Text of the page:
I still clearly remember in the year 1998, I saw Rani Mukherjee in the film Ghulam ( her second film) and had a major crush on her. She looked expressive, beautiful and was extrememly talented.
Later I saw her playing the character Tina in Kuch Kuch Hota hai and fell in Love…since then, I have followed and watched all Rani Mukherjee films and have admired her throughout. Rani Mukherjee is indeed the Queen of Bollywood and one of the most talented actors of our time.
I was super excited to watch this flick….
I’m a very emotional type of person, but I’m not one to get very sentimental
YRF – Yash Raj Films latest flick Hichki however, didn’t make me feel that way. Instead, it made me give a little triumphant nod of the head, and I left the theatre smiling.
In short, if I were an ill-reputed teenager with nothing to look forward to in my future, and getting an education was the least important thing in my life, I’d want someone like, if not Rani Mukherjee herself, to be the one to show me that my life didn’t have to be that way. That I could be someone, and that education was one of the key principle players in making me achieve to be a better person.
There is nothing original or surprising about this film but the interesting thing about this film is that it gives a different perspective about education and brings about a good insight.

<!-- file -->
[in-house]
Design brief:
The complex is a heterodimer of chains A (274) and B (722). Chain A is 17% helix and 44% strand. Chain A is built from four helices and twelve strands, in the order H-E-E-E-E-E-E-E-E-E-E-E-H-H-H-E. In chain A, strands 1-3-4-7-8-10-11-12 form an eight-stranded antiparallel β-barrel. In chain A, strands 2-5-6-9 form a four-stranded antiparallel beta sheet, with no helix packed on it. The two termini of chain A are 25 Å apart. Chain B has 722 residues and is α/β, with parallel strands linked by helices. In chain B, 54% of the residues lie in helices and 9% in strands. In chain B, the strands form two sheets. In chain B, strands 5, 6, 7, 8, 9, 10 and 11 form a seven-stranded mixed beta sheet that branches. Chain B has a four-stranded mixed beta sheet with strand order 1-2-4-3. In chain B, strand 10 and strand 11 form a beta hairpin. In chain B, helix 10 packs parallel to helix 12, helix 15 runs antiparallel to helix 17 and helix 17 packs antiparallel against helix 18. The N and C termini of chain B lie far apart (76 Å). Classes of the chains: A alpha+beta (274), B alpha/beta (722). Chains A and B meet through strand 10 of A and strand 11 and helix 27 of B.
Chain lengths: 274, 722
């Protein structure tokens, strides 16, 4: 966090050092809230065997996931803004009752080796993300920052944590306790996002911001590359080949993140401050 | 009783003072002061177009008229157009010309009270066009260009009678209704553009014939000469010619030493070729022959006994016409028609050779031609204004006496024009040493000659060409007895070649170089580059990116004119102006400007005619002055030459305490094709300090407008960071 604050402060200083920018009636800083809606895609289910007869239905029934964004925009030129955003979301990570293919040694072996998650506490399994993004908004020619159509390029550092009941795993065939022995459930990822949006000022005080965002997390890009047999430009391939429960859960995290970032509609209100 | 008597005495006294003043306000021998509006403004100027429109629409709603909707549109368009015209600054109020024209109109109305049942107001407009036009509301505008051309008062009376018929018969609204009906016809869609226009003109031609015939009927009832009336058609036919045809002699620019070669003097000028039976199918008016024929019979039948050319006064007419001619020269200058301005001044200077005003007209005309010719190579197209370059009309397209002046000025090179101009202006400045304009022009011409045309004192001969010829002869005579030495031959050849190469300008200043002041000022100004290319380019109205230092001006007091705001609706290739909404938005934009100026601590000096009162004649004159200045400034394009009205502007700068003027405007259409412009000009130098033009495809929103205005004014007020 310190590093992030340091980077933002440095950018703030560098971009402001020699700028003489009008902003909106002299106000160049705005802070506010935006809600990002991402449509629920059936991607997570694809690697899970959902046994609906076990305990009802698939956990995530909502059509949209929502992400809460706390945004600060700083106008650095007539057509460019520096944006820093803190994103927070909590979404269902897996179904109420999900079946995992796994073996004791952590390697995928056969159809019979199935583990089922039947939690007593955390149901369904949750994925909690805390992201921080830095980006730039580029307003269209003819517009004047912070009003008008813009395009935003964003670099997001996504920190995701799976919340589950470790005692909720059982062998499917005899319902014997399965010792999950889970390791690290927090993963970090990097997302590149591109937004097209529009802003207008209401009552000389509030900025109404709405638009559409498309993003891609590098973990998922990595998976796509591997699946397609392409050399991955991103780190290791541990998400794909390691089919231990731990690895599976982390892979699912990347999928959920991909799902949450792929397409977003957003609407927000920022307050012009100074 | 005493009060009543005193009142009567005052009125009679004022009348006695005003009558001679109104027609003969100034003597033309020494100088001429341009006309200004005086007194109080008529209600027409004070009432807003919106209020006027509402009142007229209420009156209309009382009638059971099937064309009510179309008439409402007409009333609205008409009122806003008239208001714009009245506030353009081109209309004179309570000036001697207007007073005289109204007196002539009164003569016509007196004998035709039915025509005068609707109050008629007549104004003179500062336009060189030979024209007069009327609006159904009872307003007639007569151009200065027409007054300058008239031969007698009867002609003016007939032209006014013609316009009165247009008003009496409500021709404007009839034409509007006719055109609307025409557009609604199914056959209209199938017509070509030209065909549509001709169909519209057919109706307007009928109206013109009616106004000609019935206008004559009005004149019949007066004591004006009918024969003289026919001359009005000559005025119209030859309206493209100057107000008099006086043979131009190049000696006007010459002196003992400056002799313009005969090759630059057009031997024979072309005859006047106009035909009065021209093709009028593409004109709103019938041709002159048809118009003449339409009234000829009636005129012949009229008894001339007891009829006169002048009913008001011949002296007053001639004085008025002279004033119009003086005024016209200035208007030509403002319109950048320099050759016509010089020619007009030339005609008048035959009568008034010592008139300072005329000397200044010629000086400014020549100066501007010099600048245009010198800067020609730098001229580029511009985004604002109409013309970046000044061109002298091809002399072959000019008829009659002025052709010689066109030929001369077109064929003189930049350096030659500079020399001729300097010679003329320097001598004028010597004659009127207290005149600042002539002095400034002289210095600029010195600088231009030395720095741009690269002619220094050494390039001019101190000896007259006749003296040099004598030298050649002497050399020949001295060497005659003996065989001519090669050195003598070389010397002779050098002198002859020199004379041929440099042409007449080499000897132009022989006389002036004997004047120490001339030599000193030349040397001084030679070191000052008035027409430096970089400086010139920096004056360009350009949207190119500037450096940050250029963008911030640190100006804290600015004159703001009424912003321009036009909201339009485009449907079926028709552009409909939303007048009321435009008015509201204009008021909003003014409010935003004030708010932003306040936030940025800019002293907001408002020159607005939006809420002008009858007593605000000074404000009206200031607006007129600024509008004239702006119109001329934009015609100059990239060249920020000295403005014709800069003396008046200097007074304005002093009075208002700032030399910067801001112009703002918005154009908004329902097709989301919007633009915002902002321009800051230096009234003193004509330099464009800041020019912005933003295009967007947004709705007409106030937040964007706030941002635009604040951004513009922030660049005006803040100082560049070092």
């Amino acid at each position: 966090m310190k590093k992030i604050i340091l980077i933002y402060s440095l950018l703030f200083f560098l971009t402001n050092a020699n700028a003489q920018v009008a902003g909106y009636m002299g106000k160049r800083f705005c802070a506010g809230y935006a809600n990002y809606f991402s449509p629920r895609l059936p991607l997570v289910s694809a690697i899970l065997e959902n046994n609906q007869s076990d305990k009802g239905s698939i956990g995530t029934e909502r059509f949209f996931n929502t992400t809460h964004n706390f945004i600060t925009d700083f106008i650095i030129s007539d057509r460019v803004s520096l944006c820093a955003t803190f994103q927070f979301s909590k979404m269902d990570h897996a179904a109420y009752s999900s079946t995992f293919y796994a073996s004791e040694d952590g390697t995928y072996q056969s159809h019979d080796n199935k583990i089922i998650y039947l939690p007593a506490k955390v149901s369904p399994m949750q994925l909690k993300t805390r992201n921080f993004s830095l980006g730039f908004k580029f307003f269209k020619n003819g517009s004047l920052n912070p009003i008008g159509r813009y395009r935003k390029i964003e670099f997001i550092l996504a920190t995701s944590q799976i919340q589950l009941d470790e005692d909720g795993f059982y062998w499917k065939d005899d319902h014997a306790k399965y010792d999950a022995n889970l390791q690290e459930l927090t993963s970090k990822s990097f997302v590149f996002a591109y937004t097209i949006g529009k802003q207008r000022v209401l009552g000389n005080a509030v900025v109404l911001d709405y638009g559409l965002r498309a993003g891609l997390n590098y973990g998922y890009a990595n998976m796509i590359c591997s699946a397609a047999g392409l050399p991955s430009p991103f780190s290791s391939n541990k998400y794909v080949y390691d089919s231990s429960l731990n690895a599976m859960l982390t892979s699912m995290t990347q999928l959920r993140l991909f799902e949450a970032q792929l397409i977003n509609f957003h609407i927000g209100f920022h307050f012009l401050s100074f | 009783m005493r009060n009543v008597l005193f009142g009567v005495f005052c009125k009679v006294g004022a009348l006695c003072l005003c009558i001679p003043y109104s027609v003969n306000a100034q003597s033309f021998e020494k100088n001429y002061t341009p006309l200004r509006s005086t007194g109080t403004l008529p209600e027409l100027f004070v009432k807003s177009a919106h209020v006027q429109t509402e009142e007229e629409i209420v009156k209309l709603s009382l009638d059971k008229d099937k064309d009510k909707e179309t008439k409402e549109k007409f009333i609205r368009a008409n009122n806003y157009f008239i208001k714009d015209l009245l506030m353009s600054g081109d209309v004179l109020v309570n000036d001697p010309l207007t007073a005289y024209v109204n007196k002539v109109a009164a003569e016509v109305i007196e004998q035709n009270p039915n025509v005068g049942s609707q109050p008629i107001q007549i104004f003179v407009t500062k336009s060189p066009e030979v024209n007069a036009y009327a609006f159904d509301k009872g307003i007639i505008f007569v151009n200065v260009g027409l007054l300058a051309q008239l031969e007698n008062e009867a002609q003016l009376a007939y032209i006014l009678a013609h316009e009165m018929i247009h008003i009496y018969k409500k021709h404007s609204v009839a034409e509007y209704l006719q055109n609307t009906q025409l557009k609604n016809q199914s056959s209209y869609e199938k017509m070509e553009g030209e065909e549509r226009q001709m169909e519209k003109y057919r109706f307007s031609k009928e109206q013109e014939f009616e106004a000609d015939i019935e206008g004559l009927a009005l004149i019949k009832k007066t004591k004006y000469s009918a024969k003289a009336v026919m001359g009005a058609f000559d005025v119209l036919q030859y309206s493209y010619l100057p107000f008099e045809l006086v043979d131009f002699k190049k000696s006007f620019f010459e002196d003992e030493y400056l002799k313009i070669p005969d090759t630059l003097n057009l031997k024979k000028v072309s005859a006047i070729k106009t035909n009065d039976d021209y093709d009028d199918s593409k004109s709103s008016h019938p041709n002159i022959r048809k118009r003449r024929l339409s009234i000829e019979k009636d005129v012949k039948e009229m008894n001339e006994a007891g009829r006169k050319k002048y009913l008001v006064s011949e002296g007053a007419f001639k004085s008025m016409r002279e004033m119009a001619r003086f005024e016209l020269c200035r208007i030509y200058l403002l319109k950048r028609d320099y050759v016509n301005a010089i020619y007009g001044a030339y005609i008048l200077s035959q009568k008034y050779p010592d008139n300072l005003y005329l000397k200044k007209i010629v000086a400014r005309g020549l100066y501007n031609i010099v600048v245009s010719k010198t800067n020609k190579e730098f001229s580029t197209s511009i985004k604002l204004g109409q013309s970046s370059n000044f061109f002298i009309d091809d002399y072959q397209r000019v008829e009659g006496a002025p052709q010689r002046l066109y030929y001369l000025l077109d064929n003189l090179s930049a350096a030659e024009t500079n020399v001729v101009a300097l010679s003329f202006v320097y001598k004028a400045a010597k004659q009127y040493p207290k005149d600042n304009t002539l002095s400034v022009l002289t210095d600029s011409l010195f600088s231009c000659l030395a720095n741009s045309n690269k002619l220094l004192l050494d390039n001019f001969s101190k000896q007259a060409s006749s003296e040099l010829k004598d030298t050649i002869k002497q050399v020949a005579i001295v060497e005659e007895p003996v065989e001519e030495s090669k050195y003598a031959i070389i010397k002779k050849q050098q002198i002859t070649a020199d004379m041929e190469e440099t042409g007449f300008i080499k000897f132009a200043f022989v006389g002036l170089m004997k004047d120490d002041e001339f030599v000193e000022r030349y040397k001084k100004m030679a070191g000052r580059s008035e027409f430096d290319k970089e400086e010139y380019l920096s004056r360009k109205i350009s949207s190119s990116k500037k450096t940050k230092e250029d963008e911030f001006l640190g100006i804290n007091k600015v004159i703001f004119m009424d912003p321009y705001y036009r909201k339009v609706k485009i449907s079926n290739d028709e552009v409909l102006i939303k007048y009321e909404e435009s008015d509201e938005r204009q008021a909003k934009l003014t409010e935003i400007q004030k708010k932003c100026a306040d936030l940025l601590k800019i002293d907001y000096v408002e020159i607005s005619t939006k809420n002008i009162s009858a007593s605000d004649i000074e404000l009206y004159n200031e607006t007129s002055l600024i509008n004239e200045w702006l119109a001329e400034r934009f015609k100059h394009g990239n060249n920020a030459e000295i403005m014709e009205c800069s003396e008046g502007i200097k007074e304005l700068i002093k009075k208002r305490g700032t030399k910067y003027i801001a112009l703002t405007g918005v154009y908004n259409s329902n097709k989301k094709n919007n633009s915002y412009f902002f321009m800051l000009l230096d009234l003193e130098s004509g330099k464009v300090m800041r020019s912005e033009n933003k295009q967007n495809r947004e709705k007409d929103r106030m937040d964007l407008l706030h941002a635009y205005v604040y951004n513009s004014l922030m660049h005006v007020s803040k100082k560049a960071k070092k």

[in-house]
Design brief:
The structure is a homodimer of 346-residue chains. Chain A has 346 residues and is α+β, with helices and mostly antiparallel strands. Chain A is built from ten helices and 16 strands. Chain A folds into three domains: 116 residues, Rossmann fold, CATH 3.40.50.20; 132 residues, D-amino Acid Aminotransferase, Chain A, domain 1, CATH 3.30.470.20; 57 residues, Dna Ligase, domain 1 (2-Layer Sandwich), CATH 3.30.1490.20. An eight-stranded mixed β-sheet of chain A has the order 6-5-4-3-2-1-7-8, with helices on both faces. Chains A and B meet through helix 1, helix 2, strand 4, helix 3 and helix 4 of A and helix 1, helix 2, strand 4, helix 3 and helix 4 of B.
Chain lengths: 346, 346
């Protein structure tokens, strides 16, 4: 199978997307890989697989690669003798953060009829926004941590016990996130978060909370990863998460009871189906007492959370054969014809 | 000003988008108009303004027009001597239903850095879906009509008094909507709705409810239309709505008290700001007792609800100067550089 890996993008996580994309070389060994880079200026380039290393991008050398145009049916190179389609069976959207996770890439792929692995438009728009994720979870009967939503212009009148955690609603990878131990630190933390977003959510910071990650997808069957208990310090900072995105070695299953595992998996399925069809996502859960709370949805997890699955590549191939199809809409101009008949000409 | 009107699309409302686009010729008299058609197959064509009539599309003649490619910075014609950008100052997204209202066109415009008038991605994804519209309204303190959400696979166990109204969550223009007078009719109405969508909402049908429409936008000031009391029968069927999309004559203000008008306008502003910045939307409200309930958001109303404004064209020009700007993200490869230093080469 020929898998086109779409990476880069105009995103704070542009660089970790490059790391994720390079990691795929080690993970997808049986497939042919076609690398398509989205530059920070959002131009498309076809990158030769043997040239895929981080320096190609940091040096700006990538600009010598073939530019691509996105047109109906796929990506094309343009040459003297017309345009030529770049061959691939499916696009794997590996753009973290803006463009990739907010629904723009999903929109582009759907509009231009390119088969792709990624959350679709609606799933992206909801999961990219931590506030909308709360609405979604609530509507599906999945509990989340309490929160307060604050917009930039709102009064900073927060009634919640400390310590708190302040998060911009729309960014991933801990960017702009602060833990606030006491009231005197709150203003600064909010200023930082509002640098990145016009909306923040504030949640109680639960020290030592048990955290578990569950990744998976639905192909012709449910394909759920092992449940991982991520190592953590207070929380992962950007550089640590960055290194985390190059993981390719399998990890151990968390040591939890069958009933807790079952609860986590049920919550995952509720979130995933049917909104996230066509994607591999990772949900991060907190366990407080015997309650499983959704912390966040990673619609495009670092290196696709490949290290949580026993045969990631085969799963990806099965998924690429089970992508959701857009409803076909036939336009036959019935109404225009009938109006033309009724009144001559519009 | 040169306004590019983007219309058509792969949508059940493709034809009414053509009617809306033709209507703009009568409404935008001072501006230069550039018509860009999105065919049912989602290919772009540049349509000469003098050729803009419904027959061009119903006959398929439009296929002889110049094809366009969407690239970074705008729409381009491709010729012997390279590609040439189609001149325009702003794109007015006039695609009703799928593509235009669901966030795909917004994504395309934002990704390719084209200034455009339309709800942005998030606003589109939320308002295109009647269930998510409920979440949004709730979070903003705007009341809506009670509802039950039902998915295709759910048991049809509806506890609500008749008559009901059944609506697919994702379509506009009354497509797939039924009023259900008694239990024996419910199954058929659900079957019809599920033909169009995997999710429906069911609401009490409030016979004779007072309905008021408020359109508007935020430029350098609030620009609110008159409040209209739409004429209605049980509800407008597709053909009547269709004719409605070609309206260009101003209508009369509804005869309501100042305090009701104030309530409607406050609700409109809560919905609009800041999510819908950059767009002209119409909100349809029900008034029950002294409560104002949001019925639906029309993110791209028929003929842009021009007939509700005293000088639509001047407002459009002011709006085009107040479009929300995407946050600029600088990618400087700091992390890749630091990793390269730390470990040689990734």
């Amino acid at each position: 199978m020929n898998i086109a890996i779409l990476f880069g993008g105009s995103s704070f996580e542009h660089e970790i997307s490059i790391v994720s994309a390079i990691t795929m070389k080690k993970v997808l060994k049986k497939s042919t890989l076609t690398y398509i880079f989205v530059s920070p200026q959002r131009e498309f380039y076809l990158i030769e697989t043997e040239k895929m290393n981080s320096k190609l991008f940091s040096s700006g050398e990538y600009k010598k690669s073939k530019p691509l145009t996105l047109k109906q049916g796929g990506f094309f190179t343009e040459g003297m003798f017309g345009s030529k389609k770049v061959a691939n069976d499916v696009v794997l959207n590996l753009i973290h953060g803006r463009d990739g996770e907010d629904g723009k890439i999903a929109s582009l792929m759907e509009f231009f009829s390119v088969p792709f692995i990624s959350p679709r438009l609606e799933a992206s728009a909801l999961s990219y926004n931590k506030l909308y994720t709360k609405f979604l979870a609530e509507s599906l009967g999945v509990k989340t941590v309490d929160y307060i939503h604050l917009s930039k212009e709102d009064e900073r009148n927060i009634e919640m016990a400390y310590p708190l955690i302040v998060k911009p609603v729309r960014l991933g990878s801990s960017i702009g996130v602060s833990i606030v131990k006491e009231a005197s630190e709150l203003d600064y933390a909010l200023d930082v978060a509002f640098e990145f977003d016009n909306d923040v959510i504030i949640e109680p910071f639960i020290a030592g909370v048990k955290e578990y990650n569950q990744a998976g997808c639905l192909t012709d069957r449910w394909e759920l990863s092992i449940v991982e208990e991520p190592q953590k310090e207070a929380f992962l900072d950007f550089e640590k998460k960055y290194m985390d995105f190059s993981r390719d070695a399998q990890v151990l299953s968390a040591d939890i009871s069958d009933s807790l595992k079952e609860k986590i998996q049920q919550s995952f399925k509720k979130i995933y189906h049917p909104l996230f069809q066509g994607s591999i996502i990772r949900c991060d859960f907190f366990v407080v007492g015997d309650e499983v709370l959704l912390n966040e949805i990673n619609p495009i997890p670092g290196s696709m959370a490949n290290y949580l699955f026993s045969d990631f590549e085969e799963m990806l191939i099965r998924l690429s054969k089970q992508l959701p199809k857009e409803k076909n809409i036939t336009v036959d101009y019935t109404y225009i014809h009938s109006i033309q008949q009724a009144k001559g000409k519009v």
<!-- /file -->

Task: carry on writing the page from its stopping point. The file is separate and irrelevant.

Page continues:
A novice teacher suffereing from Tourette’s syndrome faces a class of rowdy, undisciplined working-class punks in this flick.
The rowdy class, sets out to destroy Naina’s efforts as they did to her predecessor by breaking her spirit.
But Naina,meets the challenge by treating the students as young adults who will soon enter a work force where they must stand or fall on their own. With the entire school against her. Naina must decide if she wants to stay.
It hit me as I watched Rani Mukherjee’s character Naina slowly but surely make her students realize that they didn’t have to be who they thought they had to be, but rather who they wanted to be, that that was what I always wanted to do.
Frankly speaking, I never knew or have ever heard of The Tourette syndrome before but this film does give a good insight and informs us about this particular common neuropsychiatric disorder and its effects.
Though the theme is borrowed from various Hollywood films, Director Sidharth P Malhotra does a fair job in creating unique characters and relationships. It also talks about embarrassment attached to a condition like Tourette’s through the relationship between Naina and her father.
I thoroughly enjoyed the movie as it took me from tears to laughter almost in most of the scene. I only wish I would have had a teacher like Naina Thakur once in my lifetime.
This film is undoubtedly one of the most sensible films this year. What I love about it is its simplicity. It’s a story from the heart brought to the screen crisply and cleanly… ( Rani’s star power helps smooth over some of the rough spots)
Regrettably, there seems to be a shortage of this type of film, and I dare say that public today are probably unfamiliar and unable to appreciate this type of product.
Anyhow, what a great movie.
Rani Mukherji is in top form and very effortlessly performs the character Naina with a lot of ease.
I suppose the feel-good nature of the plot and a mostly watchable star performance by Rani Mukherjee as the “Madamji” will bring a smile to you face. I definitely recommend that you watch this film if you haven’t. I don’t know if it’ll inspire you to be a teacher or not, but either way, it’s a fantastic watch.